Into the darkness and the cold rain, Officer Walker made his lonely trek into the woods, hoping that his “hunch” would prove false. Suddenly, he heard a bullet pass in close proximity to his head, and thereafter heard the retort of the rifle that fired the projectile. Coupled with the darkness, cold and rain, Officer Walker was faced with the knowledge that there was an assailant somewhere in the darkness, an assailant whose target had now shifted. Officer Walker searched for cover from the assailant – anything that might stand between him and the next bullet traveling through the dark night. After sliding behind a small tree, he found the shadowy assailant, and he exchanged shots with the assailant – who turned out to be the same abusive husband/father that Officer Walker had feared he would find. I suppose in those moments there is little satisfaction in knowing that your “hunch” proved true.
Officer Walker then watched as the assailant made his way to the home and broke into the home. Officer Walker awaited assistance from other members of the Montrose Police Department and the Pennsylvania State Police.
There is much more to this story that cannot be told here. It was, however, later discovered that the assailant had hid himself under a pine tree above his former home, where he sat with his rifle, a bag of ammunition, a new 6-pack of beer, and a new pack of cigarettes. When Officer Walker startled the assailant, he was forced to abandon his stash of ammunition, and, in making his dash to break into the home to escape Officer Walker, the assailant had dropped his rifle before entering the home. Given the history of abuse, the rifle and the ammunition, there is little doubt what the assailant intended that evening. I am certain that Officer Walker saved lives that evening – but only at the cost of potentially losing his own.
Officer Walker’s acts speak for themselves, and there is little that I can say in this column to underscore the courage, selflessness, and bravery demonstrated that evening. I can only say thank you, and job well done. Next time you read an attack on any municipal police officer, I hope that you can recall this story, and reflect upon the tremendous service being offered to you and your community by these members of our law enforcement community. Better yet, next time you see your local municipal police officer, why not just simply thank them.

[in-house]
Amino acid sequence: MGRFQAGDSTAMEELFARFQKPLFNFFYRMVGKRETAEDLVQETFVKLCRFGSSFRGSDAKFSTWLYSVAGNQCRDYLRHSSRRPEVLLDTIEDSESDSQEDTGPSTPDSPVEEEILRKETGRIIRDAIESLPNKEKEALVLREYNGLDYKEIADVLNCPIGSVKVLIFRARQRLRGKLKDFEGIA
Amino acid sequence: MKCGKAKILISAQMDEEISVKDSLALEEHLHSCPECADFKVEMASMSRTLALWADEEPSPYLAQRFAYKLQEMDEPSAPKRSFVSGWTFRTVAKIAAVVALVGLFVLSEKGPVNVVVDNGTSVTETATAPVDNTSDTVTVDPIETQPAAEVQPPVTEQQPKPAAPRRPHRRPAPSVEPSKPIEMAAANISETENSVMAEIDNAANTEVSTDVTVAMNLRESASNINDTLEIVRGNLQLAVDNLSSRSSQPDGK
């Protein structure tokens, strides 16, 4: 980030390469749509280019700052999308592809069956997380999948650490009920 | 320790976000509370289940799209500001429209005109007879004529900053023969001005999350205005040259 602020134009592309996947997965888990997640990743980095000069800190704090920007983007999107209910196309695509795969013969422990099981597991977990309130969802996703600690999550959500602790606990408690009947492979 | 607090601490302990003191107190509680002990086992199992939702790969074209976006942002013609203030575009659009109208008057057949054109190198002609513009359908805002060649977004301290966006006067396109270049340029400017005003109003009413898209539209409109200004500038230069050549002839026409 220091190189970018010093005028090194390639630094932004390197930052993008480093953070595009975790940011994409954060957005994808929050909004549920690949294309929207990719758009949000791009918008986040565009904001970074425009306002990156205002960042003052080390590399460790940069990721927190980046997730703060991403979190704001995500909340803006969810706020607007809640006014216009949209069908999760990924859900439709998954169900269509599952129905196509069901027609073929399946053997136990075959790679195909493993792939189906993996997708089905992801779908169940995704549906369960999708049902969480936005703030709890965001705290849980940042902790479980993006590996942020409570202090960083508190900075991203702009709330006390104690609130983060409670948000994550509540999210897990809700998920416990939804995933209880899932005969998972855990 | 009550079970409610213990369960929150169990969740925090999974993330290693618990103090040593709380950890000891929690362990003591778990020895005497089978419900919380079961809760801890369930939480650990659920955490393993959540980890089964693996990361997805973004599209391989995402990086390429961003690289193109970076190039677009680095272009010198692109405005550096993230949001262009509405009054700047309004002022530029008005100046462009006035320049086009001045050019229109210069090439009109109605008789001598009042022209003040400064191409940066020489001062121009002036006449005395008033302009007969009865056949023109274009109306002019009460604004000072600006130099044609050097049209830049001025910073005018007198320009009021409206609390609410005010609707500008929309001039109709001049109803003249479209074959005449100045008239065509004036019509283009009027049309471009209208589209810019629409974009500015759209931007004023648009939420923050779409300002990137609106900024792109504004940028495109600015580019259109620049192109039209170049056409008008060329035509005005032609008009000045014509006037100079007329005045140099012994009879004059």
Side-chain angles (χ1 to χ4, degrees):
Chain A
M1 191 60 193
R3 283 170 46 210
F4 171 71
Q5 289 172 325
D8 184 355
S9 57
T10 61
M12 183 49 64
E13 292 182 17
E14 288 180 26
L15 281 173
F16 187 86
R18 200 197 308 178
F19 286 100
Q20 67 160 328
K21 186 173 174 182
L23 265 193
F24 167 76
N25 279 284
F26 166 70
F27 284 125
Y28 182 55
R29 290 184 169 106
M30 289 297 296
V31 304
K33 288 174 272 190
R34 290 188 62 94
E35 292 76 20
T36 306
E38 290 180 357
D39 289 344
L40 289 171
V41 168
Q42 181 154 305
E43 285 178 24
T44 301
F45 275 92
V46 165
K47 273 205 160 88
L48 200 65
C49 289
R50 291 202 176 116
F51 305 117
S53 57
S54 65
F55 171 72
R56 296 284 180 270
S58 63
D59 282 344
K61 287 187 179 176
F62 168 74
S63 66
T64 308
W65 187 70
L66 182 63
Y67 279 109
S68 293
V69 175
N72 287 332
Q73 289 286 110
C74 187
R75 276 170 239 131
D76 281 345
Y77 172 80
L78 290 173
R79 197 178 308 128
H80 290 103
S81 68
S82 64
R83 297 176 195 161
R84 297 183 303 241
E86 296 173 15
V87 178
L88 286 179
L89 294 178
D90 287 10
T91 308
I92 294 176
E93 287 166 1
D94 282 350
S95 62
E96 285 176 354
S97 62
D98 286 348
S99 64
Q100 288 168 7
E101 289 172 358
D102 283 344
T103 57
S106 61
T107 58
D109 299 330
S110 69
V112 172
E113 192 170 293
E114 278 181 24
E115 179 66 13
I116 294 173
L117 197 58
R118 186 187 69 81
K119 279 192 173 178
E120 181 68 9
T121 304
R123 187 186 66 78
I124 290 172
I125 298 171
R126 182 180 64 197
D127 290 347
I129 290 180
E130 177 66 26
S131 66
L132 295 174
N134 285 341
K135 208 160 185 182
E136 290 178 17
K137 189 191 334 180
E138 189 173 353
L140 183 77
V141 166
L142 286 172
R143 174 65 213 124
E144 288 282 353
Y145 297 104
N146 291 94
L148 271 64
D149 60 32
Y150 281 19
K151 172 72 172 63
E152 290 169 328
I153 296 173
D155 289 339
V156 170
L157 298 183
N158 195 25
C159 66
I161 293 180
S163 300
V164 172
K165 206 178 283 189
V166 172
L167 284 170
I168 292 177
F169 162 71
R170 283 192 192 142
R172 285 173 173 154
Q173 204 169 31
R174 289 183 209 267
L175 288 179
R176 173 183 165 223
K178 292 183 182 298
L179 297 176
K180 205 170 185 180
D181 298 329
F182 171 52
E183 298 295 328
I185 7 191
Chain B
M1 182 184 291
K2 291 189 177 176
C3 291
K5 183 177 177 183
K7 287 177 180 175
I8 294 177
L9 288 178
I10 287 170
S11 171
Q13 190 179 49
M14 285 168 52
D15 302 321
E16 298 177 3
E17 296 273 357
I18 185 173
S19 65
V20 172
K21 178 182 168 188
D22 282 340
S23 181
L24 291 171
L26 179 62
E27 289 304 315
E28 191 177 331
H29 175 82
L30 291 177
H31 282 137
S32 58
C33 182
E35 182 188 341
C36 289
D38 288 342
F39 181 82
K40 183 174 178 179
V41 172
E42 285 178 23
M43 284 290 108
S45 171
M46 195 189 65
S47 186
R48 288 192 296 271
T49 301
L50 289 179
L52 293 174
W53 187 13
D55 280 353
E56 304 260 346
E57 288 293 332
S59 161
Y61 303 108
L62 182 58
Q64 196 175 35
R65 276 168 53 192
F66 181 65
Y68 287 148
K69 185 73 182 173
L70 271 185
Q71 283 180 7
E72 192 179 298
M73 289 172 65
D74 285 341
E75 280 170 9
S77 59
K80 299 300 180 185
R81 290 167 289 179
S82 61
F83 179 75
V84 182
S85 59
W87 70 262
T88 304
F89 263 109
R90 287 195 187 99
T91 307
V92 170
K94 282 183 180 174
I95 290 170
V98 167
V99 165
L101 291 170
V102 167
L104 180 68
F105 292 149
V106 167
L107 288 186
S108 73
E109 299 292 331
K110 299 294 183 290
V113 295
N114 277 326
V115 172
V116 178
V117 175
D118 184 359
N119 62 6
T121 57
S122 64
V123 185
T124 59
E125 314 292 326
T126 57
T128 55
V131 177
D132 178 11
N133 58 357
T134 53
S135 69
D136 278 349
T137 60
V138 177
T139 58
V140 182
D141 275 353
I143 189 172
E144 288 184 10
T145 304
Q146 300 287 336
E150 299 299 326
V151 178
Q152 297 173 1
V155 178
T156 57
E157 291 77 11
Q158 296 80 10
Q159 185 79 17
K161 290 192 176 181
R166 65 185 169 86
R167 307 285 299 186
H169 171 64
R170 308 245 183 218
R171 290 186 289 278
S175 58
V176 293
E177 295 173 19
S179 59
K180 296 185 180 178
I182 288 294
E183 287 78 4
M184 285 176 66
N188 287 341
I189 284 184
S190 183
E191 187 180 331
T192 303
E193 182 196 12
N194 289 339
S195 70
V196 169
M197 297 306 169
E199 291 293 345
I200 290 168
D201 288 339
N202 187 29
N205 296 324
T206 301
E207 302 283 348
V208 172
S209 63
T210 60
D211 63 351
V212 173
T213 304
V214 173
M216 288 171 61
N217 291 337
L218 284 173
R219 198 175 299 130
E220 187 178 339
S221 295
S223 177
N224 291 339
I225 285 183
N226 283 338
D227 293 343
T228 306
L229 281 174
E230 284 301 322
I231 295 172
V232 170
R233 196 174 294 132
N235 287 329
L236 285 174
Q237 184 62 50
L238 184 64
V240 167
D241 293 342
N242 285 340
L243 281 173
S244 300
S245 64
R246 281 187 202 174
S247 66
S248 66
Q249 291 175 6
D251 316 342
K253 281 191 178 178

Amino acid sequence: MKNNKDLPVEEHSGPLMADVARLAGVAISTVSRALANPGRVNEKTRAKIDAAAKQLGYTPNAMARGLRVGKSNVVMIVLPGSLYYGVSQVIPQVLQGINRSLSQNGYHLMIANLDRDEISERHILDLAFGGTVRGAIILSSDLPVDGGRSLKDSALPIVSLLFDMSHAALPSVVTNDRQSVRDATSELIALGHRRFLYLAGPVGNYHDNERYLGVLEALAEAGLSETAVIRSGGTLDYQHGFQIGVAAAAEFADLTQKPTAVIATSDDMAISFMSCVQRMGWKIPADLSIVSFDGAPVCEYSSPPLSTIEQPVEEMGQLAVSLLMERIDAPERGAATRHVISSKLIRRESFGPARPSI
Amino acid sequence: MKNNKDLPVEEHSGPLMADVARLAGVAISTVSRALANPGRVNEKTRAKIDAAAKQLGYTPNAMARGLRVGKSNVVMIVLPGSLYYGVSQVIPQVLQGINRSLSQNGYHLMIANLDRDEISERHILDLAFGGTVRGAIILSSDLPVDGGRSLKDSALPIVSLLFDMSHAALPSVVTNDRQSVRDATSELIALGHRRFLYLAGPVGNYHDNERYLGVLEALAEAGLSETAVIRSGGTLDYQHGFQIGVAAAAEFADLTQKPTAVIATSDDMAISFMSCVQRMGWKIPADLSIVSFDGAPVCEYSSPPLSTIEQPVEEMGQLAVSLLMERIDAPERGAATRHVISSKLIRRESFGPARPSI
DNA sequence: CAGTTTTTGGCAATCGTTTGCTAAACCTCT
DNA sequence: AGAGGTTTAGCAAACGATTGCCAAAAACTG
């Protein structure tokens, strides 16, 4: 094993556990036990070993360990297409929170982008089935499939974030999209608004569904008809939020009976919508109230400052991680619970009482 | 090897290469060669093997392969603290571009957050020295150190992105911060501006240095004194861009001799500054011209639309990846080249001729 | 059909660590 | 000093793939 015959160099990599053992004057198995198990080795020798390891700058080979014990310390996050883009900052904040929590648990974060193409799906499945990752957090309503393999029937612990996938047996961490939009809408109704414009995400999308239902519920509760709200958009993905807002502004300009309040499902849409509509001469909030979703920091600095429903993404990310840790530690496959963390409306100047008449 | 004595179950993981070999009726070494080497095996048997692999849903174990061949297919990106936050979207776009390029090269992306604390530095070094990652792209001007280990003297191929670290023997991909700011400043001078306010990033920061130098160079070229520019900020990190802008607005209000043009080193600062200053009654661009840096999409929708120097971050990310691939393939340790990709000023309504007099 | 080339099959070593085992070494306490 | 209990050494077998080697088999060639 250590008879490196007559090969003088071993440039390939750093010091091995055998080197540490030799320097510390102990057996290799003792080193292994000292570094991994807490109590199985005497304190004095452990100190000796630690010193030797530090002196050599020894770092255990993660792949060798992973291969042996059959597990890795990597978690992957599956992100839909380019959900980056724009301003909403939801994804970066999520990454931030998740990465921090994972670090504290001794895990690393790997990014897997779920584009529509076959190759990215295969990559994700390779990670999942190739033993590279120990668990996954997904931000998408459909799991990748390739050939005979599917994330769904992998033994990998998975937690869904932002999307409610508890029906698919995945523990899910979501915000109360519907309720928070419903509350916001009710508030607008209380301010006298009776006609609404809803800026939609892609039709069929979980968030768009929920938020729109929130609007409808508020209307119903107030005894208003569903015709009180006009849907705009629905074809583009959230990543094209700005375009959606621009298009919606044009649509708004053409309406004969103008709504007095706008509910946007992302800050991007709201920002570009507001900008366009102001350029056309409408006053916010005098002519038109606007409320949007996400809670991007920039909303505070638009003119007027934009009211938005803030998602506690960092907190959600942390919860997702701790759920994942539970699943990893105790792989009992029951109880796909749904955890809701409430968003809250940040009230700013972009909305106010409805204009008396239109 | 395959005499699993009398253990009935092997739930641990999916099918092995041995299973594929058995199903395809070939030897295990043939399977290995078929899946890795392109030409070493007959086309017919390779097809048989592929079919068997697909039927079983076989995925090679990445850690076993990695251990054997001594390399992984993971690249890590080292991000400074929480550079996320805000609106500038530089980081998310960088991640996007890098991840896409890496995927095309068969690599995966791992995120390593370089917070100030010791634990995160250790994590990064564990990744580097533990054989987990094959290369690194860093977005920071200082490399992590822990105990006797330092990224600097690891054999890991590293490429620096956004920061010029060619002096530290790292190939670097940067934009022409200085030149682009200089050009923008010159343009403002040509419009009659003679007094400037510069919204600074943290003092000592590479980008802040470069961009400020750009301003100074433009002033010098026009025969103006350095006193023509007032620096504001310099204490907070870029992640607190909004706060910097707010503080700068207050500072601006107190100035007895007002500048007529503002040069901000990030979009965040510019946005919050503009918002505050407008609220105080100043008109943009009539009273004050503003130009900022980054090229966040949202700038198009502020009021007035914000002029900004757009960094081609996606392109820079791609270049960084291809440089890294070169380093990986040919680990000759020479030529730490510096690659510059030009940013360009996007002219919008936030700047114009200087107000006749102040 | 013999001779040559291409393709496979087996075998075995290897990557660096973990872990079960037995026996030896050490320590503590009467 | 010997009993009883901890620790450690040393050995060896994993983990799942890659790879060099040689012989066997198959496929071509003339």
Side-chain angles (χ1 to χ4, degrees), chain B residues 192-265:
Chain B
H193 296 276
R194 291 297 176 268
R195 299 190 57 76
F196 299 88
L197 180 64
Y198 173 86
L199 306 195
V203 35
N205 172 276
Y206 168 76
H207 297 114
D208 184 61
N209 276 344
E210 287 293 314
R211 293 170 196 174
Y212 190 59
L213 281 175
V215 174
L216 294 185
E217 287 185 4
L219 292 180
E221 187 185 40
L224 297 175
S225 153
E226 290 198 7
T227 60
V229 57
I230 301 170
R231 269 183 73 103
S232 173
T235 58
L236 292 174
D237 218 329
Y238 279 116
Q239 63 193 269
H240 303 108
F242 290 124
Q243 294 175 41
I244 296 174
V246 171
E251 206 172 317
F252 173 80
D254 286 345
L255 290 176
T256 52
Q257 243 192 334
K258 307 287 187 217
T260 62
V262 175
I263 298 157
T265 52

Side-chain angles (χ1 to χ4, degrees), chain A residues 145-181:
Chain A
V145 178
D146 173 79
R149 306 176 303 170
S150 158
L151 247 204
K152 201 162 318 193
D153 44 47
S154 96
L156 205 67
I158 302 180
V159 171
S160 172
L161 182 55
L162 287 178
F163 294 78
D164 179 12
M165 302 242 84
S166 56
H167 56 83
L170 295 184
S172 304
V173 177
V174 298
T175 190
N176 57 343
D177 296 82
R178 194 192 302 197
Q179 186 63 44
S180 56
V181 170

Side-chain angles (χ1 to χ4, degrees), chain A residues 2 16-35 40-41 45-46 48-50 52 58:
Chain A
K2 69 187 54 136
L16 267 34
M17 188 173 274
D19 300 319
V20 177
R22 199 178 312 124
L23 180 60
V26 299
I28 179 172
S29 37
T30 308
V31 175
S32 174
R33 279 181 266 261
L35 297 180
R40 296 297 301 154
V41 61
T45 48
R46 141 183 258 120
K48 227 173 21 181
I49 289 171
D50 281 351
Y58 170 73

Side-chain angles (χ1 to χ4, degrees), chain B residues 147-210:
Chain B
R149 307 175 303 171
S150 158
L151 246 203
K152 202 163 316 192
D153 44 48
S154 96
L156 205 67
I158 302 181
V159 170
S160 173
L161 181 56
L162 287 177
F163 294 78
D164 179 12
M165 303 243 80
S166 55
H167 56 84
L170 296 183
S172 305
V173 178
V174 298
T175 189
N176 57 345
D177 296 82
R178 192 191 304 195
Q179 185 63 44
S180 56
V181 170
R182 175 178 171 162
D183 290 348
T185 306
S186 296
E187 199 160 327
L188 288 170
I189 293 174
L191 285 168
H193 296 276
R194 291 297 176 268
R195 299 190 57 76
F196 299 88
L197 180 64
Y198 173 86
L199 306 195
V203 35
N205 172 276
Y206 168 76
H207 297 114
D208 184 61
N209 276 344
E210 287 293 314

Please submit any questions, concerns, or comments to Susquehanna County District Attorney’s Office, P.O. Box 218, Montrose, Pennsylvania 18801.
The sisters now have a Jersey heifer named Cleo, thirteen ducklings, chickens, rabbits and another black cow. They are making ready to welcome a girl from Kansas in about a week, to come and make her abode with them, making the number of nuns and postulants, thirteen. Sister Therese tells me they are planning a huge, raised flowerbed in their yard.
Gale Williams has been homebound because of bronchial pneumonia for the past week. Signs of improvement will be welcome to her.
Members of the Carl and Gina Upright family, Bradley, Jean and Erika of Williamsport, PA, along with other relatives attended the funeral of Kathryn Upright, 92, of Thompson, on Wednesday, who passed away on Monday after a long illness. She was buried in Pleasant Mount. My sympathy is extended to the family.
Helen Dickey was laid to rest Saturday, April 23, 2005 beside her husband, Arland, who passed away September 9, 1970. They are buried in Union Dale Cemetery.
Renee Wander, who bought the former Erk property, has quit her job in New Jersey and plans to live in Starrucca permanently. She still looks after her mother several days a week, but eventually hopes to convince her to come live with her in Starrucca.
George and Mary Ann Debalko just can’t keep their happiness to themselves. Her eyes glistened when she told me they are anticipating their first grandchild this summer. Kristen and Joseph McNally, daughter and son-in-law of George and Mary Ann, will be the parents of the precious little girl.
Another reason for their joy is the homecoming of their daughter, Dana who earned her Biology Conservation degree from the University of Alabama, gained work at the zoo in St. Marten’s and will return home in July.
A good crowd attended the dinner at noon put on by the seniors and Bag Ladies. It was pleasant to see all the people I hadn’t seen in ten months, including the postmaster. This coming Thursday, April 28 there will be another dinner, Baptist social rooms, served at noon.